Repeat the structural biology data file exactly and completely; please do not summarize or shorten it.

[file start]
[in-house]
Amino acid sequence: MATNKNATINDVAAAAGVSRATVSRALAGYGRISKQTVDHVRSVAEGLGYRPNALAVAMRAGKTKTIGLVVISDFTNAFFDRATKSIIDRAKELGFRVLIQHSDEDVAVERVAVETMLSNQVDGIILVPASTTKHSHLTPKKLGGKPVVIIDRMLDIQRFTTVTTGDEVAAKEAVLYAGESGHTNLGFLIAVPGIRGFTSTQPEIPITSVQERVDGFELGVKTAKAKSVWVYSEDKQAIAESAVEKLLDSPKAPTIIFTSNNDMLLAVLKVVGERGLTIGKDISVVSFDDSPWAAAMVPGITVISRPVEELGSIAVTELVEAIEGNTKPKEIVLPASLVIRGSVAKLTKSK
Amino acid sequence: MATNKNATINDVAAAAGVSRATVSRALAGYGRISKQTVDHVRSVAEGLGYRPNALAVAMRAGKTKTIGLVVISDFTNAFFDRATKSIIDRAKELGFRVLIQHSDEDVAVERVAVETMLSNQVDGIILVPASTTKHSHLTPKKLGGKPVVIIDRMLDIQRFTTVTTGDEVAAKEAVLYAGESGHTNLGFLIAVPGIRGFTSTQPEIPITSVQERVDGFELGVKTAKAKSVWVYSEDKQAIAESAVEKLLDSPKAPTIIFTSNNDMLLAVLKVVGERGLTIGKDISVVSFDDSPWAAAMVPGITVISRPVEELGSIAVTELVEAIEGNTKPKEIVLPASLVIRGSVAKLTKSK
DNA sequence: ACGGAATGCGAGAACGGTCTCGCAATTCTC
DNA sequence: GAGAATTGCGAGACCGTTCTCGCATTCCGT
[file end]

[in-house]
Amino acid sequence: MATNKNATINDVAAAAGVSRATVSRALAGYGRISKQTVDHVRSVAEGLGYRPNALAVAMRAGKTKTIGLVVISDFTNAFFDRATKSIIDRAKELGFRVLIQHSDEDVAVERVAVETMLSNQVDGIILVPASTTKHSHLTPKKLGGKPVVIIDRMLDIQRFTTVTTGDEVAAKEAVLYAGESGHTNLGFLIAVPGIRGFTSTQPEIPITSVQERVDGFELGVKTAKAKSVWVYSEDKQAIAESAVEKLLDSPKAPTIIFTSNNDMLLAVLKVVGERGLTIGKDISVVSFDDSPWAAAMVPGITVISRPVEELGSIAVTELVEAIEGNTKPKEIVLPASLVIRGSVAKLTKSK
Amino acid sequence: MATNKNATINDVAAAAGVSRATVSRALAGYGRISKQTVDHVRSVAEGLGYRPNALAVAMRAGKTKTIGLVVISDFTNAFFDRATKSIIDRAKELGFRVLIQHSDEDVAVERVAVETMLSNQVDGIILVPASTTKHSHLTPKKLGGKPVVIIDRMLDIQRFTTVTTGDEVAAKEAVLYAGESGHTNLGFLIAVPGIRGFTSTQPEIPITSVQERVDGFELGVKTAKAKSVWVYSEDKQAIAESAVEKLLDSPKAPTIIFTSNNDMLLAVLKVVGERGLTIGKDISVVSFDDSPWAAAMVPGITVISRPVEELGSIAVTELVEAIEGNTKPKEIVLPASLVIRGSVAKLTKSK
DNA sequence: ACGGAATGCGAGAACGGTCTCGCAATTCTC
DNA sequence: GAGAATTGCGAGACCGTTCTCGCATTCCGT